On the non discrimination principle (…and its limits?)

Last week, at Global HigherEd, Peter Jones reported on a forthcoming European Court of Justice (ECJ) ruling in the case of Jacqueline Förster v IB-Groep. This is one of a range of recent cases handled by the ECJ that might have substantial effects for higher education policies throughout Europe. In a forthcoming paper for the European Journal of Education I identified the ECJ as one of the main actors in the institutionalisation of the European Higher Education Area. In earlier posts in this blog I discussed recent cases on the German medicine students…Read more …

Is Academic Freedom as Precious as it is Believed to Be?

This weeks' edition of University World News has a special on academic freedom. Most of the European coverage in this edition is based on a recent article in the journal Higher Education Policy: Academic Freedom in Europe: A Preliminary Comparative Analysis by Terence Karran. The outcomes of the article raise interesting questions. Not just on the different levels of academic freedom in different countries, but also about the nature of academic freedom and its value. On the basis of comparative data from 23 states within the European Union, the article concludes that academic…Read more …

The Lisbon Effect

Is it the great food with the wonderful local wines? Is it the amazing scenery? Is it the people? Why is Portugal, and Lisbon in particular, such a good place to come to an agreement? At least, that's what you're bound to conclude if you consider the amount of recent international documents named "The Lisbon ..." Having just spent a week in Portugal (Aveiro) to teach a course on Globalisation and the Knowledge Society for an Erasmus Mundus programme in Higher Education, I conclude it must be a combination of them. The great…Read more …

HOW to reform Europe’s universities?

Going through my daily news intake, my eyes fell on this alarming headline in Businessweek: Europe Falls Short in Higher Education. Going through the article, it seemed like the same old story (more of this and this). Nonetheless,  I decided to have a look at the source of the article. It was based on a policy brief (Why reform  Europe’s universities?) issued by Breugel, a European think tank devoted to international economics. The report presented some interesting data and analysis of the determinants of research performance (interesting despite the fact that much of…Read more …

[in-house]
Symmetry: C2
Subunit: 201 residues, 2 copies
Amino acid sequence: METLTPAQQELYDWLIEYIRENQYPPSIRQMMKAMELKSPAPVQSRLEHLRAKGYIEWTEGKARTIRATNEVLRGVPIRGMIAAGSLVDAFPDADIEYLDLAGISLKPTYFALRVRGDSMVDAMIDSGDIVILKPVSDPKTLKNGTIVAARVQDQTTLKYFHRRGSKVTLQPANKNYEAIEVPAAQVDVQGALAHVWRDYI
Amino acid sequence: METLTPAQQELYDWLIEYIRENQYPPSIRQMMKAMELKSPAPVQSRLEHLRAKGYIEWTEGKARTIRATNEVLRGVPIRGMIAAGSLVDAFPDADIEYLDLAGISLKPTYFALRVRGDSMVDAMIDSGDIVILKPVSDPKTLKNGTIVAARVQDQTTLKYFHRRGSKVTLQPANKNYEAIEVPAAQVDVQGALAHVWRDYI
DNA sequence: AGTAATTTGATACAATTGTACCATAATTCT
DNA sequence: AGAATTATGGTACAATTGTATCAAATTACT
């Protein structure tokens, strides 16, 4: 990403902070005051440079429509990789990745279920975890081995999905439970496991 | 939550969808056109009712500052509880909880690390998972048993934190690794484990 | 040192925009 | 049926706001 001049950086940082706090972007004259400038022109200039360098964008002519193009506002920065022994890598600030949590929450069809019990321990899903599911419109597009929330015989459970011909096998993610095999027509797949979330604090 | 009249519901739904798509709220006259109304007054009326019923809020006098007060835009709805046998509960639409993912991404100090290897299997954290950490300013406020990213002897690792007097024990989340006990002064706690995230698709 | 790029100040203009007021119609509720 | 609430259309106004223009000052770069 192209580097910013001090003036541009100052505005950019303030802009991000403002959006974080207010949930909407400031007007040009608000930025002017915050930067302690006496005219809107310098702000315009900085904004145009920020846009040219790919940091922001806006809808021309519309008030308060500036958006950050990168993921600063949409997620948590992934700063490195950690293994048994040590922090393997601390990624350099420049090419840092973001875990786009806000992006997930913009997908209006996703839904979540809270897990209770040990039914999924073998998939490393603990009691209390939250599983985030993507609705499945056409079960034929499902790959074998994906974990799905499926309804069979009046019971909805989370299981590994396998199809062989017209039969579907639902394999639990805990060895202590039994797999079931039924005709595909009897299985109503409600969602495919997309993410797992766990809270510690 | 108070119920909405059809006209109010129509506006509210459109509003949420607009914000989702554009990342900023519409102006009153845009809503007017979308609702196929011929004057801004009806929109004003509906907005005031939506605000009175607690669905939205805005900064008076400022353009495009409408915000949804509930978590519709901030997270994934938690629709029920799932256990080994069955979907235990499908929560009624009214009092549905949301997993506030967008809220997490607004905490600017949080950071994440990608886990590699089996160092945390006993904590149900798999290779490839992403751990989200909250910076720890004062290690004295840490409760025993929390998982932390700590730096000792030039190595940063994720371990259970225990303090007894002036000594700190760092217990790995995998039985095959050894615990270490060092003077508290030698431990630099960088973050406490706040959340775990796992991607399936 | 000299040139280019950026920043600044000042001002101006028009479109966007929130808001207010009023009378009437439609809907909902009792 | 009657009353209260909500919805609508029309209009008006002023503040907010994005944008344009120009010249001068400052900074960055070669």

America and the Bologna Process

The European process of harmonisation of degree structures is also causing discussions on the other side of the Atlantic. The participating countries have implemented (or are implementing) a three tier degree structure (Bachelor, Master, PhD). In most countries, the undergraduate phase will take three years. In my opinion, one reason for this rather short duration, is the fact that many countries - like the Netherlands - saw their previous 4 year degrees (doctorandus, licentiaat, magister and what have you) as equivalent to a Master's degree. And because governments did not want Bologna to…Read more …

Bologna in London

The Fifth Ministerial Conference on the Bologna Process - a bi-annual event where the progress of the Bologna Process is monitored and new actions are decided upon - took place in London last week. This basically means a bombardment of papers, reports and speeches about what's been going on and what needs to be done, coming from everyone that is somehow related to higher education. All this has culminated in the London Communique (pdf). I haven't had the time to go through all the documents yet, but the Communique does'nt seem to hold…Read more …

Thou Shalt Compete

The Economist gives a short review of the Bologna process and explains how it will inevitably increase competition in Europe. But for 'Old Europe' (as the Economist likes to call it) this requires more than just some structural changes:"The more hidebound European universities must be wondering what on earth they have started. Self-interest has prodded them to think about students as customers: both wealthy foreign ones, and bright locals tempted to finish their studies overseas. Governments have realised they could save money if their universities made students study a bit more briskly, gaining…Read more …